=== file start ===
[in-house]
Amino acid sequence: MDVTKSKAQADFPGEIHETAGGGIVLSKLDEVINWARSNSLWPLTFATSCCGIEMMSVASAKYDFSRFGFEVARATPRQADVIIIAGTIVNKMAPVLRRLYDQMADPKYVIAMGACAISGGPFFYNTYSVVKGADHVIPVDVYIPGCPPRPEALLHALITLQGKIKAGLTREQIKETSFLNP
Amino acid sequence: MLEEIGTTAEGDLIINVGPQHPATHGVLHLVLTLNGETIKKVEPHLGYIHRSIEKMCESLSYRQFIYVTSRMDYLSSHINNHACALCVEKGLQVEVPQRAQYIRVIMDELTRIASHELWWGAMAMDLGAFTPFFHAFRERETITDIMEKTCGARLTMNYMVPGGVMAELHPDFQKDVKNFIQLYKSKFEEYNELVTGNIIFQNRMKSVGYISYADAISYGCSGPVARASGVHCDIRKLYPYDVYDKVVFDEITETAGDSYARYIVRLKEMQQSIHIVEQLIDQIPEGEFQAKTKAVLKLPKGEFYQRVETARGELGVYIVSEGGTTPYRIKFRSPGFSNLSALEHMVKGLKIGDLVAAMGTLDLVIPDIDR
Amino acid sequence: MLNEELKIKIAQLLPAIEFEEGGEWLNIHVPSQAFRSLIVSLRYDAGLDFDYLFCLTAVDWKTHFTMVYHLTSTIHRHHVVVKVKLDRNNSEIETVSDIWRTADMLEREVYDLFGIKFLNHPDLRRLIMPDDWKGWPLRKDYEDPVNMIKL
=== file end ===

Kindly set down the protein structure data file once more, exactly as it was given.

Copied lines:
[in-house]
Amino acid sequence: MDVTKSKAQADFPGEIHETAGGGIVLSKLDEVINWARSNSLWPLTFATSCCGIEMMSVASAKYDFSRFGFEVARATPRQADVIIIAGTIVNKMAPVLRRLYDQMADPKYVIAMGACAISGGPFFYNTYSVVKGADHVIPVDVYIPGCPPRPEALLHALITLQGKIKAGLTREQIKETSFLNP
Amino acid sequence: MLEEIGTTAEGDLIINVGPQHPATHGVLHLVLTLNGETIKKVEPHLGYIHRSIEKMCESLSYRQFIYVTSRMDYLSSHINNHACALCVEKGLQVEVPQRAQYIRVIMDELTRIASHELWWGAMAMDLGAFTPFFHAFRERETITDIMEKTCGARLTMNYMVPGGVMAELHPDFQKDVKNFIQLYKSKFEEYNELVTGNIIFQNRMKSVGYISYADAISYGCSGPVARASGVHCDIRKLYPYDVYDKVVFDEITETAGDSYARYIVRLKEMQQSIHIVEQLIDQIPEGEFQAKTKAVLKLPKGEFYQRVETARGELGVYIVSEGGTTPYRIKFRSPGFSNLSALEHMVKGLKIGDLVAAMGTLDLVIPDIDR
Amino acid sequence: MLNEELKIKIAQLLPAIEFEEGGEWLNIHVPSQAFRSLIVSLRYDAGLDFDYLFCLTAVDWKTHFTMVYHLTSTIHRHHVVVKVKLDRNNSEIETVSDIWRTADMLEREVYDLFGIKFLNHPDLRRLIMPDDWKGWPLRKDYEDPVNMIKL